Sacred Texts  Islam  Index  Previous  Next 

The Glory of the Shia World, by P. M. Sykes and Khan Bahadur Ahmad din Khan, [1910], at

p. 258




Thanks be to Allah! whatever my heart yearned for,
Has, at last, appeared from behind the curtain of fate.

Upon returning to our lodging, I was visited by Mirza Hasan Ali, a relative of mine, who greeted me with the utmost respect and warmth. I would mention that he himself is a poet of no mean qualities, and also a learned historian; but, alas! to-day, in Iran, His Majesty is too much busied with the affairs not only of his own empire but also of every corner of the world, where his royal representatives reside, to be able to reward his poets. Indeed, when I tell you that Mirza Hasan Ali scarcely ever writes poetry, but is occupied in trying to make money out of a coal mine, where many men have already lost their fortunes, you will understand that the times have clashed together.

I was much pleased, however, to make the acquaintance of a kinsman, whom I had heard of

p. 259

Click to enlarge


p. 260 p. 261

for many years, and who I now learned had the peculiarity of never finishing the house he lived in, for fear that, once the house was completed, he would die.

But I must not forget that my readers are anxious for a description of some other of the magnificent buildings of the Sacred Threshold, and so I will ask them to accompany me to the "New Court." This splendid edifice was commenced by Fath Ali Shah of the Kajar dynasty, and was enriched by Nasir-u-Din Shah, may Allah pardon him!

The portico leading to the Shrine is termed the "Nasiri Golden Porch" in honour of the great Shah, Nasir-u-Din, who paved it with beautiful marble, and covered the walls with golden tiles which dazzle the eyes.

After the Shrine there is nothing in Meshed which can be compared with the mosque of Gauhar Shad Aga, who was, as has been already mentioned, the wife of Shah Rukh, son of dread Amir Timur, Lord of the Conjunction of the Planets.

In the centre of the noble quadrangle is the unroofed mosque of the "Old Woman." The story runs that when Gauhar Shad Aga, may Allah forgive her, wished to purchase the land in order to erect the mosque thereon, an old woman refused to sell one plot, but demanded

p. 262

that on it should be built a separate mosque bearing her name. So great was the love of justice of the Princess that her petition was agreed to, and thereby two women have obtained undying fame, the one for her piety and the other for her justice.

Now, O ye wise men of Europe, what is better than justice, and what monarchs can the world produce to compare with Faridun, of whom the poet wrote:

Faridun the noble was not an angel;
  He was not formed of musk and ambergris.
From justice and generosity he obtained his reputation.
  Do thou justice and show generosity, thou art Faridun.

[paragraph continues] This same monarch bequeathed the following advice to his descendants as a priceless legacy:

Deem every day in thy life as a leaf in thy history;
Be careful, therefore, that nothing be written in it unworthy of posterity.

A nobler maxim than this no one has heard. But Faridun was not the only monarch of Iran renowned for justice throughout the Seven Climates. For it is narrated that Omar, who was subsequently second Caliph, and Muavia, who was the first monarch of the Omayyad dynasty, visited Madain, then the capital of Iran, during the reign of Noshirwan. One of the King's sons wished to purchase a mare belonging to them, but they refused to sell it at any price,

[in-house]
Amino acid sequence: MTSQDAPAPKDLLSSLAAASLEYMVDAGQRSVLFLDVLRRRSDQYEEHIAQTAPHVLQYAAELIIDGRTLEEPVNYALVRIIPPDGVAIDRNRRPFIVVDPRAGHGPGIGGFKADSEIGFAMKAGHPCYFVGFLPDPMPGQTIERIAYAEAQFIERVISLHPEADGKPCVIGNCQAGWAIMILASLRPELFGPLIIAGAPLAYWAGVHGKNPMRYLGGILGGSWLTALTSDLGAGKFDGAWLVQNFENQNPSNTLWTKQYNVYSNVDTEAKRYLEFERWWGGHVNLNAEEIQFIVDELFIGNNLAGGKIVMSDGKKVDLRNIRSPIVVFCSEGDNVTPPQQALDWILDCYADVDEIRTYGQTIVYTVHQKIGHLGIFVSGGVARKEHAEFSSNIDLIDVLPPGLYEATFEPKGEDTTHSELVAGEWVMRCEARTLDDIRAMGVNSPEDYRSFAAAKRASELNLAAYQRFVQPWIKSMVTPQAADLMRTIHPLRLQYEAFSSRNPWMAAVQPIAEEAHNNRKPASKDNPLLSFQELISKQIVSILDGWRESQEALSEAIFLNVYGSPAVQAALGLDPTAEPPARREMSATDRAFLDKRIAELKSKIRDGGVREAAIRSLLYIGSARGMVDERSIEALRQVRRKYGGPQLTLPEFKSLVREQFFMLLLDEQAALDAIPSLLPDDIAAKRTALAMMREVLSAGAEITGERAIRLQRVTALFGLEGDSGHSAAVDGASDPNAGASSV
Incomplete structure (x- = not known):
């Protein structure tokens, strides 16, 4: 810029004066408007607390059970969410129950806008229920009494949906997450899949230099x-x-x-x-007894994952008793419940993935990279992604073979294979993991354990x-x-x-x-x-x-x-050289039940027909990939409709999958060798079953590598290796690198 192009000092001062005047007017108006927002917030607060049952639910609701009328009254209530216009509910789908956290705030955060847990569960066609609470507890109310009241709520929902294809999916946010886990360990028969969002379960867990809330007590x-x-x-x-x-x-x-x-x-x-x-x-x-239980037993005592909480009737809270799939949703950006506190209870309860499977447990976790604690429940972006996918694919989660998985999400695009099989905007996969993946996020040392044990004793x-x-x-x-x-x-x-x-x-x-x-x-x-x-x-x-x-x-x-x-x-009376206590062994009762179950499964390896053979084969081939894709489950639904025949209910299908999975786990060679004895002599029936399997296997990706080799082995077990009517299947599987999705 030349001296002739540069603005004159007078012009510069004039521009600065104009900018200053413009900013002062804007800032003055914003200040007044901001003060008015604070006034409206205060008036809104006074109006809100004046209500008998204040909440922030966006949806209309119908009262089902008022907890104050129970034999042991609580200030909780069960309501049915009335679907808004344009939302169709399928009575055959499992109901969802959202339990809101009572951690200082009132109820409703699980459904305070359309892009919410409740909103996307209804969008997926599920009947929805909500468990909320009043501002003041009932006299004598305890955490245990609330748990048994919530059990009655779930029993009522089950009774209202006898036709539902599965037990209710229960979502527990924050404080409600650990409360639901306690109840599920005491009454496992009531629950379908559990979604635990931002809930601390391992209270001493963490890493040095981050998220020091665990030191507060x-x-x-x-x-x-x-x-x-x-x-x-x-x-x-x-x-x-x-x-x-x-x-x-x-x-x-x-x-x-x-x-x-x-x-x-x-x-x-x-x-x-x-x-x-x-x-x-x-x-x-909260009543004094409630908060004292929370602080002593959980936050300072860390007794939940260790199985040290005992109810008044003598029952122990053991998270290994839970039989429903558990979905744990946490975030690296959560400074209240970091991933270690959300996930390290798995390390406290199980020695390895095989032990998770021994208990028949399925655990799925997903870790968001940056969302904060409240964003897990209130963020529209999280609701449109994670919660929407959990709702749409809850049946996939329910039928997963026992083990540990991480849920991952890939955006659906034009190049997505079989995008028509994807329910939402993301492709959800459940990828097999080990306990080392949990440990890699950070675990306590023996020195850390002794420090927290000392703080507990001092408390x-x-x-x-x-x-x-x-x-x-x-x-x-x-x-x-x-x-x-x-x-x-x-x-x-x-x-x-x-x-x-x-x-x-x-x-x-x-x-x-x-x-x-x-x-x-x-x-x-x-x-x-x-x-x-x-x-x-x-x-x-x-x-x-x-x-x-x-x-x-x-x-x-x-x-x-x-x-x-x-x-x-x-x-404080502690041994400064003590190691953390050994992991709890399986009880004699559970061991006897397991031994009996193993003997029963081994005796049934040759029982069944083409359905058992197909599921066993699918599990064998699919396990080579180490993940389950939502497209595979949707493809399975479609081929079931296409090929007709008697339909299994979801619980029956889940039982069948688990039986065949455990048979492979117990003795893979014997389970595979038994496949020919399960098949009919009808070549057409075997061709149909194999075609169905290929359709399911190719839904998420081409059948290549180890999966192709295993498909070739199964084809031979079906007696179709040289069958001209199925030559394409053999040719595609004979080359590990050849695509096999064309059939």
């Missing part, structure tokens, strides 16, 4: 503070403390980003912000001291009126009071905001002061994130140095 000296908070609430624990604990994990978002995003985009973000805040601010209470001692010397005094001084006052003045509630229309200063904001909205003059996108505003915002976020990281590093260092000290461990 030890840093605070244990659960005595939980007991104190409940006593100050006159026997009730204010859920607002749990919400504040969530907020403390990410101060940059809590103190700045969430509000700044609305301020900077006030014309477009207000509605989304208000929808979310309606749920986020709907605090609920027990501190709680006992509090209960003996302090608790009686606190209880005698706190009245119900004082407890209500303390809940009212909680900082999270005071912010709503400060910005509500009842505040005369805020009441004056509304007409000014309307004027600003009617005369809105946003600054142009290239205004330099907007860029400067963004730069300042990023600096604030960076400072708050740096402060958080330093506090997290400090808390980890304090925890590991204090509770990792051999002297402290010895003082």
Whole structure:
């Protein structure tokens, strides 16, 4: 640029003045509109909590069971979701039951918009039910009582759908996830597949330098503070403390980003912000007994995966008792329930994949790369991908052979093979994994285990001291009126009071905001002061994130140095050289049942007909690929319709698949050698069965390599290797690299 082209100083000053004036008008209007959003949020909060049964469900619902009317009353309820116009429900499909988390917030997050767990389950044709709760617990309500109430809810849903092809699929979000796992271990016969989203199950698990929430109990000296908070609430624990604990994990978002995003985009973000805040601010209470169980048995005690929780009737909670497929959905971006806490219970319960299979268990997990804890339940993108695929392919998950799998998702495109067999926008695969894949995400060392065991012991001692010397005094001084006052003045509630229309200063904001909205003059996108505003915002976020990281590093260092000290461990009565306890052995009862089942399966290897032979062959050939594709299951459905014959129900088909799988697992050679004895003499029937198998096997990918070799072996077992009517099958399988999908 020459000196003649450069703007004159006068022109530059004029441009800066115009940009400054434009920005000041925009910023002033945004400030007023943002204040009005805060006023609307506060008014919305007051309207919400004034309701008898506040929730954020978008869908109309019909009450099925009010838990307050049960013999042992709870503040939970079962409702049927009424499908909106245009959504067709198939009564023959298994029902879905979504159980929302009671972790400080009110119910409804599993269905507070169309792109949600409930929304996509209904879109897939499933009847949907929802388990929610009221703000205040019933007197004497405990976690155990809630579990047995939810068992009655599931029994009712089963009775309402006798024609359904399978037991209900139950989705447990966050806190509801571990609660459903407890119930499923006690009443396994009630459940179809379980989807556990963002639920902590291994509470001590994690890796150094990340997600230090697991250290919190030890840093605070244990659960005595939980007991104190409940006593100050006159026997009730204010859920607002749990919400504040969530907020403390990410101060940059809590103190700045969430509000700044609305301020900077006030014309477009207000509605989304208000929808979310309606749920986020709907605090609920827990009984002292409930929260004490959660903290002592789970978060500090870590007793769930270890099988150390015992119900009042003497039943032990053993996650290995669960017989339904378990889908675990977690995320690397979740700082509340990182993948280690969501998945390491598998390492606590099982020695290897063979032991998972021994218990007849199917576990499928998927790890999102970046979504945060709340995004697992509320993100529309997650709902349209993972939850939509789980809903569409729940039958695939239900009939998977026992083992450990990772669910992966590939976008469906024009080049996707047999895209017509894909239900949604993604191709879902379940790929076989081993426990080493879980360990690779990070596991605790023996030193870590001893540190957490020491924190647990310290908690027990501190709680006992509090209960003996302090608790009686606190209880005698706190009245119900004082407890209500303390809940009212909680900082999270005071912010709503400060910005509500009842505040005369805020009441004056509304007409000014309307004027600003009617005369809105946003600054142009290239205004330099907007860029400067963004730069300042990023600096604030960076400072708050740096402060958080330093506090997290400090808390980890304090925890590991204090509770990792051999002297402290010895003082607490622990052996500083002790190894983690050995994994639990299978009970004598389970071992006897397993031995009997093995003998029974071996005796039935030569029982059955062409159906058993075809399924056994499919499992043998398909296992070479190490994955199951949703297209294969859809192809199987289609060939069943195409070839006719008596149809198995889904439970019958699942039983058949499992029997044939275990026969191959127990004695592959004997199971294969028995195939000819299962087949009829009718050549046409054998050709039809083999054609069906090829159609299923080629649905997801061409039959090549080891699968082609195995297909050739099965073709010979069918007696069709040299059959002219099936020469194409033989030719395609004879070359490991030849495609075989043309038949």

p. 263

THE MOSQUE OF GAUHAR SHAH AGA<br> <i>A. Wright, phot</i>.
Click to enlarge

A. Wright, phot.

p. 264 p. 265

and, ultimately, it was forcibly taken from them by the servants of the prince.

The strangers complained to Noshirwan, who inquired into the case, and finding their complaint to be well founded, the mare was returned to them with rich gifts from the king.

Upon leaving the city on their return journey they saw the corpse of a quartered man on the gate; and asking for what crime this sentence had been passed, were informed that the corpse was that of one of the King's sons who had taken a mare by force from some strangers.

Many years passed, the kingdom of Persia had fallen into the hands of the Arabs, and Muavia was Governor of Syria. There he behaved in a tyrannical manner, and seized some property unjustly. Complaint was made to Omar, who was now the Caliph, and he, finding that the charge was true, wrote to Muavia a letter of one word, and that word was "mare."

The wretched man was preaching the Friday sermon in the mosque of Damascus when the epistle was delivered, and on reading it he fainted and nearly died from fear; and when he recovered consciousness he immediately restored tenfold what he had taken by force. Thus was the justice of Noshirwan a shining light to the Seven Climates, and, moreover, there is a tradition to the effect that the Prophet, on him

p. 266

be Peace, considered that his own birth during the reign of so just a monarch was auspicious.

To resume, there are four porches in the mosque of Gauhar Shad Aga, which are considered to be unsurpassed for elegance of construction, for loftiness, and for perfection of proportion. The tilework, too, is so beautiful that how can I represent it?

In the Aiwan-i-Maksura, above which rises the superb blue dome, stands an exquisitely carved wooden pulpit of especial sanctity, as, when the Day of Judgment is at hand, the twelfth Imam will descend on to it. May Allah hasten his advent; and may He grant that we may ever keep the Day of Judgment in remembrance!